• Mental filtering. You see only negatives and dwell on them, distorting your view of a person or situation. For example, "I made a mistake on that report and now everyone will realize I'm not up to this job."
  • Converting positives into negatives. You reject your achievements and other positive experiences by insisting that they don't count. For example, "I only did well on that test because it was so easy."
  • Jumping to negative conclusions. You reach a negative conclusion when little or no evidence supports it. For example, "My friend hasn't replied to my e-mail, so I must have done something to make her angry."
  • Mistaking feelings for facts. You confuse feelings or beliefs with facts. For example, "I feel like a failure, so I must be a failure." No matter how strong a feeling is, it isn't a fact.
  • Self put-downs. You undervalue yourself, put yourself down or use self-deprecating humor. This can result from overreacting to a situation, such as making a mistake. For example, "I don't deserve anything better."

Step 5: Change your thoughts and beliefs

Once you've identified negative or inaccurate thinking you can replace it with accurate thoughts and beliefs. This can enable you to find constructive ways to cope, and give your self-esteem a boost.
It takes time and effort to learn how to recognize and replace distressing thoughts with accurate ones. Thoughts often occur spontaneously or automatically. They can they can be hard to control or turn off. Thoughts also can be very powerful and aren't always based on logic.
These strategies may help you:
  • Use hopeful statements. Treat yourself with kindness and encouragement. Pessimism can be a self-fulfilling prophecy. That is, if you think your presentation isn't going to go well, you may indeed stumble through it. Try telling yourself things such as, "Even though it's tough, I can handle this situation."
  • Forgive yourself. Everyone makes mistakes. Mistakes aren't permanent reflections on you as a person. They are isolated moments in time. Tell yourself, "I made a mistake, but that doesn't make me a bad person."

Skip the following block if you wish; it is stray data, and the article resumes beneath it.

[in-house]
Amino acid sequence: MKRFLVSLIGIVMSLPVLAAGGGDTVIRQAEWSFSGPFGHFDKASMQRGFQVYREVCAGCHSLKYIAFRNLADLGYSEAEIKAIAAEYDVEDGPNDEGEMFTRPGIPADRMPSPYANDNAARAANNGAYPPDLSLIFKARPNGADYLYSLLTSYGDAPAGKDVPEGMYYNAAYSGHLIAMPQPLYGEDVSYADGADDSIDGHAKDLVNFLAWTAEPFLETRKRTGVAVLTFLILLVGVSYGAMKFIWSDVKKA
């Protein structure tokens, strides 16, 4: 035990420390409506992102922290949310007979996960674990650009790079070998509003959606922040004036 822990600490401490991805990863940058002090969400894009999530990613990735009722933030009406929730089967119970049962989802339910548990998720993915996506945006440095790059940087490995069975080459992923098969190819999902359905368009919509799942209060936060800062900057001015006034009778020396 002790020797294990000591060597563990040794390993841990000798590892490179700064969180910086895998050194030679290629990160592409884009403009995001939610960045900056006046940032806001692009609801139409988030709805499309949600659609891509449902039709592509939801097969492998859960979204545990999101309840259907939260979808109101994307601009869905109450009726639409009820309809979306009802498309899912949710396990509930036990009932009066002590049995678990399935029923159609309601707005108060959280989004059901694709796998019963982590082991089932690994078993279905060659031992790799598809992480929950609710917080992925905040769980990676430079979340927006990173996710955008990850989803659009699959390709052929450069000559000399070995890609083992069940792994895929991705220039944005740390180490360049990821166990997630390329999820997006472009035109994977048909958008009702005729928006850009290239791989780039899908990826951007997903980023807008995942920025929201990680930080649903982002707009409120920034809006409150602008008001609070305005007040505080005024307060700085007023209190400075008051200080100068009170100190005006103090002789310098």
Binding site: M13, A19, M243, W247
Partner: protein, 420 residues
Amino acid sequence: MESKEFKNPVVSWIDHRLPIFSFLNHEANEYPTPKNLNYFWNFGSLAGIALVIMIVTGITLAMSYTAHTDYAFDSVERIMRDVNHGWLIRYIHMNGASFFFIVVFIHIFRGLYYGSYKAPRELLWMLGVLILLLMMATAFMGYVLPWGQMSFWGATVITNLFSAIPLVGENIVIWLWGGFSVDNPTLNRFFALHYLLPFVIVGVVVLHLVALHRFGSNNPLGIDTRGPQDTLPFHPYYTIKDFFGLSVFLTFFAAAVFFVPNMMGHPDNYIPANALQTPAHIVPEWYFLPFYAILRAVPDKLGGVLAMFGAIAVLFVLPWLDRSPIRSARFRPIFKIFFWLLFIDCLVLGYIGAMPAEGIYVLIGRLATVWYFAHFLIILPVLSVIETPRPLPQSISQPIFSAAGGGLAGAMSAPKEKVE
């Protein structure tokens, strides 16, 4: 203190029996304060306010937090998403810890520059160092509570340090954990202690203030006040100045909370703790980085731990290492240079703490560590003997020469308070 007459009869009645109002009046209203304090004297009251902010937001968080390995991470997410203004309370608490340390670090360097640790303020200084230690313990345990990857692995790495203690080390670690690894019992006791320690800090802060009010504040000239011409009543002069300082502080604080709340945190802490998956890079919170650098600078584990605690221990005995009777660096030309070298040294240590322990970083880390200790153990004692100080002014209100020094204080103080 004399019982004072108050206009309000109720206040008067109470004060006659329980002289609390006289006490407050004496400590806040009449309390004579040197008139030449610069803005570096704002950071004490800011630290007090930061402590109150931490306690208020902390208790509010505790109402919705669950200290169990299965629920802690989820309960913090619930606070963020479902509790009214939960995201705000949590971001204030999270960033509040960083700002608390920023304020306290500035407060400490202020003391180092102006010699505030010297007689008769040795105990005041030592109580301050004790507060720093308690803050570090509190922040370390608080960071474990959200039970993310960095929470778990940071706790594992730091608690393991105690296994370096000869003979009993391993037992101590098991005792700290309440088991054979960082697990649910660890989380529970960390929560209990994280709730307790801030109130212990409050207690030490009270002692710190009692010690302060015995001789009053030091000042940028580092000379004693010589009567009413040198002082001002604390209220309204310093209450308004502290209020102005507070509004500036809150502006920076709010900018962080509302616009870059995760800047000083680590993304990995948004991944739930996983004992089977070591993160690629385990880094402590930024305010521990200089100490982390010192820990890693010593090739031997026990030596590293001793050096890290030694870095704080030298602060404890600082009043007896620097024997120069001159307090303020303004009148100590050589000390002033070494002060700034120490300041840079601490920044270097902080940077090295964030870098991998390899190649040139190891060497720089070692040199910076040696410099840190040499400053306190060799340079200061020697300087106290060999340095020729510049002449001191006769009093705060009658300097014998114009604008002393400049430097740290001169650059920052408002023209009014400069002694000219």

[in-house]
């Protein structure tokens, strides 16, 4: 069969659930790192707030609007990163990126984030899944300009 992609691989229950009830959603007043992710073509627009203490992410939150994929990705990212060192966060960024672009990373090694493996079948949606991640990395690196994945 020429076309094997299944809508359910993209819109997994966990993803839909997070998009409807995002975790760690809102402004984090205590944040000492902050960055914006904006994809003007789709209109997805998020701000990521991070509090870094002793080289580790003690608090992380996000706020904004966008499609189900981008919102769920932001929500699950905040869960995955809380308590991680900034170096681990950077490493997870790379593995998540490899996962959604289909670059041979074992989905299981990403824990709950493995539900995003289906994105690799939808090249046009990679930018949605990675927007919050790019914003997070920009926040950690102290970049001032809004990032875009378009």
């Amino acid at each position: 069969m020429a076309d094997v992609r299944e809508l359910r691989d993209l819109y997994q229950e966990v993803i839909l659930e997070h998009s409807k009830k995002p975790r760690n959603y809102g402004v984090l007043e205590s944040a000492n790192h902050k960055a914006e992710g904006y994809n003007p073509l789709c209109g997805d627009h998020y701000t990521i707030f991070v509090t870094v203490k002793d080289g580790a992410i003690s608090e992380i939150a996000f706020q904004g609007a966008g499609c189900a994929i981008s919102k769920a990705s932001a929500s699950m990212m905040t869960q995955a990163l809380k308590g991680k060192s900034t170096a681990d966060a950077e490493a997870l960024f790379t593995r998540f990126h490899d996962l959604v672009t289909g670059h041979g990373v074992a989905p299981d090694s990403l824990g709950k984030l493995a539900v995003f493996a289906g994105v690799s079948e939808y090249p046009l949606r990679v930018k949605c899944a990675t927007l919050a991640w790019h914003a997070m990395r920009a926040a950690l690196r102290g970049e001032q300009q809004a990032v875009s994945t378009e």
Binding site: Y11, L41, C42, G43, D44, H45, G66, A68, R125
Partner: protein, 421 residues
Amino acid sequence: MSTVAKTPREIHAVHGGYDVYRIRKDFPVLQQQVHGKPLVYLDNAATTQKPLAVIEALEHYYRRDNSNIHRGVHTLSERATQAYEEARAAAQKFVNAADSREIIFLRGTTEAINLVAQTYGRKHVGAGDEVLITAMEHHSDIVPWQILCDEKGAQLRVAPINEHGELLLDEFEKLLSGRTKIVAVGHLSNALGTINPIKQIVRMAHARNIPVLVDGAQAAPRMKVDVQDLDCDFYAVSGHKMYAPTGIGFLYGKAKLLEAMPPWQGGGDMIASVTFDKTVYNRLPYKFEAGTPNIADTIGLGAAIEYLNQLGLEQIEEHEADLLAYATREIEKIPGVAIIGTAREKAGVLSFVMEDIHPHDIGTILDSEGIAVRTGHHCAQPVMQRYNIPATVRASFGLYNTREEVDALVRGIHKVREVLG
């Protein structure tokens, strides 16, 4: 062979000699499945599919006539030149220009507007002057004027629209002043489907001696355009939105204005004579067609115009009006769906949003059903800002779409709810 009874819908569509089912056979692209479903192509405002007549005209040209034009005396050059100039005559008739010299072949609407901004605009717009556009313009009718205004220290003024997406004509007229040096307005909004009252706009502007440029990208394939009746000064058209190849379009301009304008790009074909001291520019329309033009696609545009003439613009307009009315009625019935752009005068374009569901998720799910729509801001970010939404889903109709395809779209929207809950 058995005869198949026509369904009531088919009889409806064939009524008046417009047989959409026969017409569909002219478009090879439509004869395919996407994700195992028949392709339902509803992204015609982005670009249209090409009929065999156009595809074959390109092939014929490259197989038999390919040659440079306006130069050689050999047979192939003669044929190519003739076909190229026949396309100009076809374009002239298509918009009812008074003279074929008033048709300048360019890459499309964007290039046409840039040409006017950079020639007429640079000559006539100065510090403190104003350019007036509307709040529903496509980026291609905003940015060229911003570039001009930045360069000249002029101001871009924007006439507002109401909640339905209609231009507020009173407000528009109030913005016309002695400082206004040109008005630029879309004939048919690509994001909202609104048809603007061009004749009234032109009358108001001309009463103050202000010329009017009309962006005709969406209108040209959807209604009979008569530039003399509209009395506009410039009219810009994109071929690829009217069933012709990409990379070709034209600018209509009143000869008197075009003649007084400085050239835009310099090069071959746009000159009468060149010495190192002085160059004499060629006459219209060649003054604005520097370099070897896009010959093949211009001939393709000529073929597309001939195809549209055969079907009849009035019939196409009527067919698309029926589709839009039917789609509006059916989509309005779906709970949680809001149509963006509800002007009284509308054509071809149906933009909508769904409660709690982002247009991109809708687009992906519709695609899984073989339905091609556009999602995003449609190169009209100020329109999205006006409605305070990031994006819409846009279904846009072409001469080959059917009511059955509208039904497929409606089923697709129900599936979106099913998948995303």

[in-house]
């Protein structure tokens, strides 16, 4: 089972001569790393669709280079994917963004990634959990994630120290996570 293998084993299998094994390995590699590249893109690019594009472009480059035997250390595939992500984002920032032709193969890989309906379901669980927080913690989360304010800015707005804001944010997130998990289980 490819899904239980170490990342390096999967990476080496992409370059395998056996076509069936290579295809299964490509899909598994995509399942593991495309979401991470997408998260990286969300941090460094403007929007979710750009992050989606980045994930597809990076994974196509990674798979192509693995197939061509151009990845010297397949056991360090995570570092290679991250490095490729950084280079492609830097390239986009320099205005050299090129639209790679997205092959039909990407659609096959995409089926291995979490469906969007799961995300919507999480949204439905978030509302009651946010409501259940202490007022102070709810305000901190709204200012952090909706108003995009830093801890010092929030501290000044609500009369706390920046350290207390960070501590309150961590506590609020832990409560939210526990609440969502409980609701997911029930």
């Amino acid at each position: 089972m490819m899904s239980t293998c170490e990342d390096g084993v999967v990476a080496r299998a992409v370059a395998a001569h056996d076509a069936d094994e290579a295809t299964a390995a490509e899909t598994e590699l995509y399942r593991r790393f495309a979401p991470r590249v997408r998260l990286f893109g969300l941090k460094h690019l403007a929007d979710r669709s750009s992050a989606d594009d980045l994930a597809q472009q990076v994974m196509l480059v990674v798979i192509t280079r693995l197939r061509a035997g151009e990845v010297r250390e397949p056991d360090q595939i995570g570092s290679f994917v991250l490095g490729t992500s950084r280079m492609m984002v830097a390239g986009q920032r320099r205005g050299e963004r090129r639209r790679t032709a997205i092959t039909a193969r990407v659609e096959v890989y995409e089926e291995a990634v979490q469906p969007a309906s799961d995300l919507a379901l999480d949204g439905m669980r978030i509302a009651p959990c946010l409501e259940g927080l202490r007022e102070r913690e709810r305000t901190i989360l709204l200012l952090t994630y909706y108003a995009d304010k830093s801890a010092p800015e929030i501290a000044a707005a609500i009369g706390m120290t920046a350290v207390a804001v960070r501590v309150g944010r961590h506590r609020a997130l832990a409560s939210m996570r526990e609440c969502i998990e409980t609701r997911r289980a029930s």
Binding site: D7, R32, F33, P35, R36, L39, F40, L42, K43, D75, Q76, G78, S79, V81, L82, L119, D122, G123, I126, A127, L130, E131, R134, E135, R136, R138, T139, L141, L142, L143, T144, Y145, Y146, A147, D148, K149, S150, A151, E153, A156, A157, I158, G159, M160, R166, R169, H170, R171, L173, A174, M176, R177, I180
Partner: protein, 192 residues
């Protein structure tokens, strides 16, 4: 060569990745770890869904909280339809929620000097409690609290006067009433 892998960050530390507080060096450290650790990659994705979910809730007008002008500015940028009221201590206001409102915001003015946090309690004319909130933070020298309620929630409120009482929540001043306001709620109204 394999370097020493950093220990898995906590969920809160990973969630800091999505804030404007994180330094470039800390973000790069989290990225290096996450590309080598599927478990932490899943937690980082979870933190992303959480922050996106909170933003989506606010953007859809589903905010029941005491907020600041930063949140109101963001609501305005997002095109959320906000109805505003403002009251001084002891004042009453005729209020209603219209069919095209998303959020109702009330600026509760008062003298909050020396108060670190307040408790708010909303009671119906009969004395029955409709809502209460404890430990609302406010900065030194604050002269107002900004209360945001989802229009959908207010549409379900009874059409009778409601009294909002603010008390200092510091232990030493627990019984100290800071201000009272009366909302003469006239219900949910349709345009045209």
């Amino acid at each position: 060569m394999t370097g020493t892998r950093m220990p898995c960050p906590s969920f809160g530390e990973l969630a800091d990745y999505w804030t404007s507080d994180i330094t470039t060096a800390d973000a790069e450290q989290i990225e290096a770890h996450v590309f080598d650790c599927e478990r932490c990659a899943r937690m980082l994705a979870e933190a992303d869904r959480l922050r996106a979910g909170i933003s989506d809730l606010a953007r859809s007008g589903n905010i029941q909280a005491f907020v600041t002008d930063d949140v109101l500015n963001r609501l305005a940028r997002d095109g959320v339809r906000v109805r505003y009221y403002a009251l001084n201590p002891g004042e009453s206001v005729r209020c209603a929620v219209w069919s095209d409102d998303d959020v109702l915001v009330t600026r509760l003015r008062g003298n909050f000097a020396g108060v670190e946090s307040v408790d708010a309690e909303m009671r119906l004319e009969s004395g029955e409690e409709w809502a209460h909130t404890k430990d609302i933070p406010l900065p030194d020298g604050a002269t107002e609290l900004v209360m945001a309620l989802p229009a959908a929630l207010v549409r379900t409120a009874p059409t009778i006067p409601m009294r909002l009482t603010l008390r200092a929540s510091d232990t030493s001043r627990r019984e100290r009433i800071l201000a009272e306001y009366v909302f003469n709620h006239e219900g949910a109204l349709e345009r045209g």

• Avoid 'should' and 'must' statements. If you find that your thoughts are full of these words, you may be putting unreasonable demands on yourself — or on others. Removing these words from your self-talk can give you and others more realistic expectations.
  • Focus on the positive. Think about the good parts of your life. Ask yourself, "What things have gone well recently?" "What skills do I have to help me cope with challenging situations?"
  • Relabel upsetting thoughts. Having negative thoughts doesn't mean you must choose to react negatively. Instead, think of them as signals to use new, healthy thinking patterns. Ask yourself, "What can I think and do to make this less stressful?"
  • Encourage yourself. Give yourself credit for making positive changes. Tell yourself, "I did a good job on the presentation. It may not have been perfect, but my colleagues said it was good."

Achieving healthy self-esteem

With practice, these steps may come more easily to you. You'll be better able to recognize the thoughts and beliefs that are contributing to your low self-esteem. Because self-esteem can fluctuate over time, you may want to revisit these steps, especially if you begin to feel down on yourself again. Keeping a journal or daily log can help you track trouble spots over time.
Achieving a balanced, accurate view of yourself and accepting your value as a person can help you feel happier and more confident. And that may rub off on others too, including your children, family and friends.
Enhanced by Zemanta

O2 STUDIO Video Bar

Loading...

BOOST YOUR OXYGEN >> MONEY MAKING KNOW-HOW to CHANGE your LIFE

O2 >>> BOOST YOUR BUSINESS OXYGEN

blogernity

AMP Precious Metals

How you preserve your wealth

Reports